“We are experts at shutting the gate after the horse has bolted”, says Ms Elliott. “Given Pike River; leaky homes; failed finance markets; and escalating workplace injuries and fatalities, there is little public confidence that government or its agencies can provide the level of monitoring and enforcement required to protect against failures in the gas and oil mining industry.”

ENDS.


© Scoop Media

 
 
 
 
 
Parliament Headlines | Politics Headlines | Regional Headlines

International Rankings: Student Results 'Show More Resourcing Needed'

NZEI: "For the second time in a week, international assessments show we have a problem... We need to put more resources into schools in high poverty communities to ensure all kids get the support they need."

New Zealand had only held relatively steady in international rankings in some areas because the average achievement for several other OECD countries had lowered the OECD average -- not because our student achievement has improved. More>>

 

Salvation Army Report: Beyond The Prison Gate Report

A new Salvation Army report says changes must be made to how prisoners re-enter society for New Zealanders to feel safe and secure in their homes and communities. More>>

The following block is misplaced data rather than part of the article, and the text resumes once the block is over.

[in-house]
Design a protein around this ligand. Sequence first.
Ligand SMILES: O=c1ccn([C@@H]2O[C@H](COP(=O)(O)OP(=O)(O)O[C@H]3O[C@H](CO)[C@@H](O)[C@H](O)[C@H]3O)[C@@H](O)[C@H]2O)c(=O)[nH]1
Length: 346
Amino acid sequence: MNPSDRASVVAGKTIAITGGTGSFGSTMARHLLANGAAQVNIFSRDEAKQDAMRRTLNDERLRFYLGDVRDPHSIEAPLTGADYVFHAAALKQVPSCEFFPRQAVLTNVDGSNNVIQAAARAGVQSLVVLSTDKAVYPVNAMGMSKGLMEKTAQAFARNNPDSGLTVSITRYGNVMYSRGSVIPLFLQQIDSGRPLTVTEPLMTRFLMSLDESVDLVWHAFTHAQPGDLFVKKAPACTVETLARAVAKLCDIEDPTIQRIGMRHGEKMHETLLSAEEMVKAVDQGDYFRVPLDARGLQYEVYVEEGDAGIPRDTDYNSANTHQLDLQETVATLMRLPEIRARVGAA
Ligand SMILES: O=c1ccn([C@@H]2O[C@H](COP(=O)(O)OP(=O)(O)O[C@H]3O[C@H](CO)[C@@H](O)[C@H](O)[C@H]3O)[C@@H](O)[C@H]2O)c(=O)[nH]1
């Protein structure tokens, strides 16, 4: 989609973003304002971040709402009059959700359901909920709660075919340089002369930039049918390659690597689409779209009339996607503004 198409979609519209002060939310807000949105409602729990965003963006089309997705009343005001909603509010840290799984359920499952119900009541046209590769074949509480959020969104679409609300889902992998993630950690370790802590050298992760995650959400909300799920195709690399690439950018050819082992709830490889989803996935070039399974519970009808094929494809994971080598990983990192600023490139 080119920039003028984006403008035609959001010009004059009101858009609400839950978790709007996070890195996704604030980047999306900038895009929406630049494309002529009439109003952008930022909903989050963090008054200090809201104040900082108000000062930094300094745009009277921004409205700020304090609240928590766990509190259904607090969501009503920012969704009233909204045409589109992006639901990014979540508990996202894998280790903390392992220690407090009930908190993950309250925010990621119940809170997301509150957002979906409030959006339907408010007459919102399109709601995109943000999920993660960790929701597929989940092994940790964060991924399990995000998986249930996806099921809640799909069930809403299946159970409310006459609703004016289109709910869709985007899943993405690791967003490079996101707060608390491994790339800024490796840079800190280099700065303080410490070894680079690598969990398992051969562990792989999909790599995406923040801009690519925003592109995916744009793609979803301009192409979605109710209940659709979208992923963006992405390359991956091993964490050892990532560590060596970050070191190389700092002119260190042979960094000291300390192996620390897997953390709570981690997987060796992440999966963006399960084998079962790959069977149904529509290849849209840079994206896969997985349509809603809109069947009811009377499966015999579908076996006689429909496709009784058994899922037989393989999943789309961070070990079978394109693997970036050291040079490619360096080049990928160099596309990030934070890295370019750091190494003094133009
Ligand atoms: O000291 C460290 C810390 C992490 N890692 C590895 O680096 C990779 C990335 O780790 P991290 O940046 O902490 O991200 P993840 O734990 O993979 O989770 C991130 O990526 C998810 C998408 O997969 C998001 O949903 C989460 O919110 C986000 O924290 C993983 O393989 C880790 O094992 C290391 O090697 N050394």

ALSO:

Surprise Exit: Gordon Campbell On The Key Resignation

The resignation of John Key is one thing. The way that Key and his deputy Bill English have screwed the scrum on the leadership succession vote (due on December 12) is something else again. It remains to be seen whether the party caucus – ie, the ambitious likes of Steven Joyce, Judith Collins, Paula Bennett, and Amy Adams – will simply roll over... More>>

ALSO:

Q+A: Labour's Michael Wood Wins Mt Roskill

Labour’s Michael Wood, who last night won a 6,000 vote majority in the Mt Roskill by-election, says the reason for the win was simple, clear messaging... More>>

ALSO:

Gordon Campbell: On Anne Tolley’s Callous Folly

Last week’s conflict between Social Development Minister Anne Tolley and District Court judge Carolyn Henwood illustrated quite a few of the flaws in the system. More>>

ALSO:

Members’ Bills: Greens' Domestic Violence And Loans Bills Pulled From Ballot

Jan Logie’s Domestic Violence-Victims' Protection Bill introduces workplace protections for victims of domestic violence, including allowing victims to request paid domestic violence leave for up to 10 days... Gareth Hughes’ Bill allows Kiwis with student loans to defer their student loan repayments into a first home savings scheme. More>>

ALSO:

IPCA: Police Did Not 'Deliberately' Use Pepper Spray On 10-Year-Old

"When spraying the man, the officer did not properly consider the necessity of using pepper spray in a confined space, the likelihood that it would affect the other innocent passengers or the fact that he was using a more powerful spray." More>>

ALSO:

Get More From Scoop

 

LATEST HEADLINES

 
 
 
 
 
 
 
 
Regional
Search Scoop  
 
 
Powered by Vodafone
NZ independent news